1. PGP trust model: why sign user ID's and not keys?
I'm a bit puzzled about one aspect of the PGP trust model. When you sign a
key, you actually sign the default user ID, but when PGP decrypts/verifies,
the distinction between user ID's is lost and signatures are treated as if
the key as a whole has been signed.
I tried the following:
Apart from me two other people are involved:
1. A trusted friend.
I have his public key, I signed it and granted him complete trust.
2. Someone I never met.
I have his public key, and it has been signed by my trusted friend, so PGP
considers it valid.
The second person decides to change his internet provider and gets a new
e-mail address. So he adds a new user ID to his key and removes the old one.
He sends me his altered public key and I update my keyring. This now shows
both the old and the new user ID, and the old one remains the default. The
old ID is signed by my trusted friend and marked valid, the new one isn't
and is marked invalid. The key as a whole is marked valid.
When I verify a signature the second person made with his new user ID, PGP
reports the key as valid (it shows the OLD user ID which is still the
default on my key ring).
When I set the second person's new user ID as default for on my key ring,
the key is marked invalid (the old user ID is still marked valid). When I
check the signature from the second person again it's still marked valid.
When I remove the old user ID from my ring (the e-mail address won't be used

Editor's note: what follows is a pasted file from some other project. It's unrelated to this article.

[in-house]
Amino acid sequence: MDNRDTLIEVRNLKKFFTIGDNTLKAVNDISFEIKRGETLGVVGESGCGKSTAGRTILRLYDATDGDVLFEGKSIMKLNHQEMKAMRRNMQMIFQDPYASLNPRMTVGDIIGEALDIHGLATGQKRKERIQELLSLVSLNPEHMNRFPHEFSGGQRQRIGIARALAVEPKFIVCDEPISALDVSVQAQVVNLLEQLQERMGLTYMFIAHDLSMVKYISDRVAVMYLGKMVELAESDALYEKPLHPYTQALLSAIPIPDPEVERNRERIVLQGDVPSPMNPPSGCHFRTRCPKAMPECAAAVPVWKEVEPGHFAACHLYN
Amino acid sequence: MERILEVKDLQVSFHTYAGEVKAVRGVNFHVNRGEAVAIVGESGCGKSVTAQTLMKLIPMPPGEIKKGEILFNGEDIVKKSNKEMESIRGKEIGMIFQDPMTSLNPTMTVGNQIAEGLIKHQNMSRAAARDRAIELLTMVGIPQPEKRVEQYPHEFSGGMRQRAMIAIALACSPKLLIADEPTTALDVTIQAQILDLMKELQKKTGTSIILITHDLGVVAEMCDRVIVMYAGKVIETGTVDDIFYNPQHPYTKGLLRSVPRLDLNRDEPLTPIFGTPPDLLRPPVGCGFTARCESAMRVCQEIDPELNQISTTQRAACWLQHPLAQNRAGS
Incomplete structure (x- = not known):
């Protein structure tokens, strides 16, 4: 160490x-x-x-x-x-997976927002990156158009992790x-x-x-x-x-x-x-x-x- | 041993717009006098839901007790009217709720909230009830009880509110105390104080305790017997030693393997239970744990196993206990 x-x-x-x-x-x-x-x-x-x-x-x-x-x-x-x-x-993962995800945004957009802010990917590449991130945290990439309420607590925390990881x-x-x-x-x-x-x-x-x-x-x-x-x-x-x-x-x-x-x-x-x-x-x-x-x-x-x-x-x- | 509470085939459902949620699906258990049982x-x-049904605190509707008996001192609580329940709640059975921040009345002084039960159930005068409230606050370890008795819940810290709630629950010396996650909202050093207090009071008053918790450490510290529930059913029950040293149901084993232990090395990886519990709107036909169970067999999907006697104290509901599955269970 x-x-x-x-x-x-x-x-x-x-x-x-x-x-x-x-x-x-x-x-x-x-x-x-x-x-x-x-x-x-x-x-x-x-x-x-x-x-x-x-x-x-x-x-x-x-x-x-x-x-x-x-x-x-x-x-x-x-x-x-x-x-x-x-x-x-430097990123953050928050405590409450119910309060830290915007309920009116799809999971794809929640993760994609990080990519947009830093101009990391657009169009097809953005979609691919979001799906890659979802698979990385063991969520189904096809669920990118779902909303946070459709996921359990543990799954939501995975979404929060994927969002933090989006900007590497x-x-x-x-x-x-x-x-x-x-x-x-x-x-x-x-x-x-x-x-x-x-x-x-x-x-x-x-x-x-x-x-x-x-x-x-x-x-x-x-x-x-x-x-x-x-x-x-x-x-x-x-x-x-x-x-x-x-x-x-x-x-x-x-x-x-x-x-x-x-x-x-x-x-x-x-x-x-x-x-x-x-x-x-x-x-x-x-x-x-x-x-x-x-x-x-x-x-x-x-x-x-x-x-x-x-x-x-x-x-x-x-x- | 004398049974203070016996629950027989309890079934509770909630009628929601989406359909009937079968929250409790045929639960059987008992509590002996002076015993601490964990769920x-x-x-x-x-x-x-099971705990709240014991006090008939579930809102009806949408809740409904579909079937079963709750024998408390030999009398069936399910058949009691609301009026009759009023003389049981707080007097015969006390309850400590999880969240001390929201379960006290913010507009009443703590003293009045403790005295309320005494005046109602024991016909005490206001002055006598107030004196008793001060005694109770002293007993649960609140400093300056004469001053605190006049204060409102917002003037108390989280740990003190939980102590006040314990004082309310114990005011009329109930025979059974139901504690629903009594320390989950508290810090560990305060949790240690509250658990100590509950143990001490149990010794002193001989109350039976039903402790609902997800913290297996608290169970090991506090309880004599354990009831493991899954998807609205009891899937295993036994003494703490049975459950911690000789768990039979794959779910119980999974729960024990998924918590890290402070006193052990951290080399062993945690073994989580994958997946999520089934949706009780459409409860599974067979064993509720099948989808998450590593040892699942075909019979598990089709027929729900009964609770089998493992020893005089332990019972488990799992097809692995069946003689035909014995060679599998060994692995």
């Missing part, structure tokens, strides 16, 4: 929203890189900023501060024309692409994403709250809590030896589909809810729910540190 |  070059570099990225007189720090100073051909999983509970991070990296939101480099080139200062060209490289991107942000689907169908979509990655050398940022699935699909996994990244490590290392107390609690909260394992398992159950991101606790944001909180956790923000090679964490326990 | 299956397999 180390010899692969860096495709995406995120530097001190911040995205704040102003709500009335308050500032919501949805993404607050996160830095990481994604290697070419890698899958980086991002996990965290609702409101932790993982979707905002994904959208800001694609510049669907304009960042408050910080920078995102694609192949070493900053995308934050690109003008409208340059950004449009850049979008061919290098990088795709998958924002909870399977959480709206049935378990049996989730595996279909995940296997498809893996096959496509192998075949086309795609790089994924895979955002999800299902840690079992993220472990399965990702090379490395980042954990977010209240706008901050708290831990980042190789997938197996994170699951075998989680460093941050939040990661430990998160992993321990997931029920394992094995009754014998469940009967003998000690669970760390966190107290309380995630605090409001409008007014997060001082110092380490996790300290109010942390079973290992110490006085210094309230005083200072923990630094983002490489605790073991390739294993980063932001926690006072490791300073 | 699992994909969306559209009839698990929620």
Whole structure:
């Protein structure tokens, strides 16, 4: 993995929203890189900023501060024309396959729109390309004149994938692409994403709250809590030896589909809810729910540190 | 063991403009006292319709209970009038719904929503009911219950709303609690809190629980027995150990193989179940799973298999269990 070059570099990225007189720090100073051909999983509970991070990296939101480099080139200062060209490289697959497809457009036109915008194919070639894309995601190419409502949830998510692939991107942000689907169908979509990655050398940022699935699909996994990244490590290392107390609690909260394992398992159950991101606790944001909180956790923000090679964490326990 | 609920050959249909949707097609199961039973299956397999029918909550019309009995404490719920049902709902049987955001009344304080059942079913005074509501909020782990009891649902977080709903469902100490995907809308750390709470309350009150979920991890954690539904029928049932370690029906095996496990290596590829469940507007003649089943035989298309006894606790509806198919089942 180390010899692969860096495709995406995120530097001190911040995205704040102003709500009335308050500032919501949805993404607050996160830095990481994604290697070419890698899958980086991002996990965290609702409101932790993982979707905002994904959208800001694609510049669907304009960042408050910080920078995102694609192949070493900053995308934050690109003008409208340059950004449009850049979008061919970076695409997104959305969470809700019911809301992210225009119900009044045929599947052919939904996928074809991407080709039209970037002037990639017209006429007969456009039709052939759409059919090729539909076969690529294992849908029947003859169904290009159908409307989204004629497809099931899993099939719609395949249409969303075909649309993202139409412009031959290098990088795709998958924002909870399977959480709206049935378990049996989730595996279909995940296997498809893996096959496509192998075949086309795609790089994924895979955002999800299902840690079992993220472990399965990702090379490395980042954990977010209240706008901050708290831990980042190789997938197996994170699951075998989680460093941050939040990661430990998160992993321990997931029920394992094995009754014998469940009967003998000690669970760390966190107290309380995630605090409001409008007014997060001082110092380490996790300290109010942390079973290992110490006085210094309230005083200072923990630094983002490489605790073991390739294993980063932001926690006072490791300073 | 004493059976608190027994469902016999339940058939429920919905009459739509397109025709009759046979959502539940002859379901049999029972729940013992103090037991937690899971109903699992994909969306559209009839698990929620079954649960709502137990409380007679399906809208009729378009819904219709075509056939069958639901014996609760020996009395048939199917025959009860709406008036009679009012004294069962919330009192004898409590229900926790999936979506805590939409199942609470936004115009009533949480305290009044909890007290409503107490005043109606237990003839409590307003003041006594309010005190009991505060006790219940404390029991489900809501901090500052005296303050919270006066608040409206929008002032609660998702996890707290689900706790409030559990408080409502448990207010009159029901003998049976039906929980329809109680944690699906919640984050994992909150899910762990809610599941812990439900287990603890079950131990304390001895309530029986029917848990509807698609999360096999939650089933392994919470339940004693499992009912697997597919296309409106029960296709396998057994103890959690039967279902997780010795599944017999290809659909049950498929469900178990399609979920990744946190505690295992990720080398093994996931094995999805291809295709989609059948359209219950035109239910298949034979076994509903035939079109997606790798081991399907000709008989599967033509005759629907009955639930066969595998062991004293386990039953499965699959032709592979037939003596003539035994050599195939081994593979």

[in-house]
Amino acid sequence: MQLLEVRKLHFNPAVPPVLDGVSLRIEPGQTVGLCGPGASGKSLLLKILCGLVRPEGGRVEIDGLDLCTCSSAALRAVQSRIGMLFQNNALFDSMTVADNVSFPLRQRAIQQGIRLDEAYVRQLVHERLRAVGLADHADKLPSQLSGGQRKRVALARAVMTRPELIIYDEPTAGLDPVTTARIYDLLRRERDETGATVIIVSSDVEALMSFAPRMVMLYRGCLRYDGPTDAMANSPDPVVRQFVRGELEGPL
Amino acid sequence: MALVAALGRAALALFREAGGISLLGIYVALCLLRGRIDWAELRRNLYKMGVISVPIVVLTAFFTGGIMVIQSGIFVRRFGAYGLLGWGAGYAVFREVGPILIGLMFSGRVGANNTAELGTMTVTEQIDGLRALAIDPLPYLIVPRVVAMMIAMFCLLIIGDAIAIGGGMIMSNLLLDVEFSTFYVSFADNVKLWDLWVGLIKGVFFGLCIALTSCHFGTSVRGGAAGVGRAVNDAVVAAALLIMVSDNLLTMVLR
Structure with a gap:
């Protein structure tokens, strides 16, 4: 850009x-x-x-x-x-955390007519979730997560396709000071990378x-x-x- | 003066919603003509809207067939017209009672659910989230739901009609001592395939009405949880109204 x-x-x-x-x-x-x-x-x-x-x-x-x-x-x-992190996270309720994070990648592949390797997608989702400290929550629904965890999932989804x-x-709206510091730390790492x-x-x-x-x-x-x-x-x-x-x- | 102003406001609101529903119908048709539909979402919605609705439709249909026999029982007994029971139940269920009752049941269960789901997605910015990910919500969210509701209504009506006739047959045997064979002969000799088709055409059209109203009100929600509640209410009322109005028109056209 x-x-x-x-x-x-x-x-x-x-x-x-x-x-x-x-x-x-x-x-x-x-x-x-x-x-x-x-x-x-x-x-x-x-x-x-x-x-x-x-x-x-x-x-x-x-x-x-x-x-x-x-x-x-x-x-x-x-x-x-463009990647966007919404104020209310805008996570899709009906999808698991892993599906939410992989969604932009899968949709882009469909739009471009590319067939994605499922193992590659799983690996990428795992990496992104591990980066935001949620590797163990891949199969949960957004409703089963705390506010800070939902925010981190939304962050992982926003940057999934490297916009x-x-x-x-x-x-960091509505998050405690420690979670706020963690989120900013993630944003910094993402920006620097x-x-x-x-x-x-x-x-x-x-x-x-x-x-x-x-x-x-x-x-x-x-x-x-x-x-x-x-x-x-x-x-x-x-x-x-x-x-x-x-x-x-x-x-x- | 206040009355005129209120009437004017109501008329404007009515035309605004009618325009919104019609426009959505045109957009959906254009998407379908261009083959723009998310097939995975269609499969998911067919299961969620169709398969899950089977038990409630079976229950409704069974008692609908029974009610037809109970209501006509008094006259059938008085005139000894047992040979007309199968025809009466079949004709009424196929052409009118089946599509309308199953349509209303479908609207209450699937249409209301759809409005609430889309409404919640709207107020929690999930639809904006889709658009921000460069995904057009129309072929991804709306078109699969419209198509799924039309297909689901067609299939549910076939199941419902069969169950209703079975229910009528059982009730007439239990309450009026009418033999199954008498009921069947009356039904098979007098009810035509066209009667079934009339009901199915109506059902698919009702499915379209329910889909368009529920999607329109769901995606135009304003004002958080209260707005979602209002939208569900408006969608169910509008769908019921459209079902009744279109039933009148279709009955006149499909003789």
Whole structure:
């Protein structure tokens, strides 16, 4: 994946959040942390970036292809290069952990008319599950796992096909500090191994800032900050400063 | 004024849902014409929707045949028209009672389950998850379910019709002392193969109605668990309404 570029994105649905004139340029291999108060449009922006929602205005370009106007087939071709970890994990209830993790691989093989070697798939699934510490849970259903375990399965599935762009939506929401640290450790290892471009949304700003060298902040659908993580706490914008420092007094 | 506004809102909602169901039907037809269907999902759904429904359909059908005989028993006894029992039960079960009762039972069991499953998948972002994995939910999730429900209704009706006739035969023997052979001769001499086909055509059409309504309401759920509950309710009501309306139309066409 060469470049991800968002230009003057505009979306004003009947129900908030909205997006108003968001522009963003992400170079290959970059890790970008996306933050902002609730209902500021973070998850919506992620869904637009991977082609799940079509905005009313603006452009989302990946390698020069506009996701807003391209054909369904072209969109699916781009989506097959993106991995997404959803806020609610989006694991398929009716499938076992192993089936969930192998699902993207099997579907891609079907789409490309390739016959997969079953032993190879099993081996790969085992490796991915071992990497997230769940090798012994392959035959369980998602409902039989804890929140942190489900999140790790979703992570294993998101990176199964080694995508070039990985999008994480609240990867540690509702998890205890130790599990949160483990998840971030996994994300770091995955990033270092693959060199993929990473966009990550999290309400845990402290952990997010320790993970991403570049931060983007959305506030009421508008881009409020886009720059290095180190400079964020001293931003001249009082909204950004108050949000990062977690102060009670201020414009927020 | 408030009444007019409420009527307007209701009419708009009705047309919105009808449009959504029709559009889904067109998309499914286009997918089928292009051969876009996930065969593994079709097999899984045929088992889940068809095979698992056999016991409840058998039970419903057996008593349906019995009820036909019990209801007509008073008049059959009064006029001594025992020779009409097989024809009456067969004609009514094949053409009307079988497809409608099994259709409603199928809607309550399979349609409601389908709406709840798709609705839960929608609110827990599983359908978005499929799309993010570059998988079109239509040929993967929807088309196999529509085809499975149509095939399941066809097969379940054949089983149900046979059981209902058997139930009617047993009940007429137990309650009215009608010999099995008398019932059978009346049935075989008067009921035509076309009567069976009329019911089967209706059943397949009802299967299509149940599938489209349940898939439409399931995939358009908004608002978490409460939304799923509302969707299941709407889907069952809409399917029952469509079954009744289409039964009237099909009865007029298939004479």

anymore) I also remove my trusted friend's signature. Now when I check the
same signature again it's marked invalid.
This shows that the receiver of a signed message can't see which of the
signing key's user ID's has been used. It doesn't make any difference
either, as far as I can see. A key belongs to a person, and this person
signed the message. If he/she has multiple e-mail adresses or chooses to
have a number of pseudonyms on the net, it doesn't make any difference. He
or she signed the message. But why then, if you sign somebody's key, is this
signature attached to one of those user ID's, and not to the key as a whole?
is this a design flaw or does it have a deeper meaning? It doesn't make any
sense to me. If there is a reason to sign user ID's instead of keys, then
why doesn't PGP report a signature as invalid when the signing user ID is
Please enlighten me.
Please remove the "nospam!" from my email-address when responding directly.
Sorry for the inconvenience.
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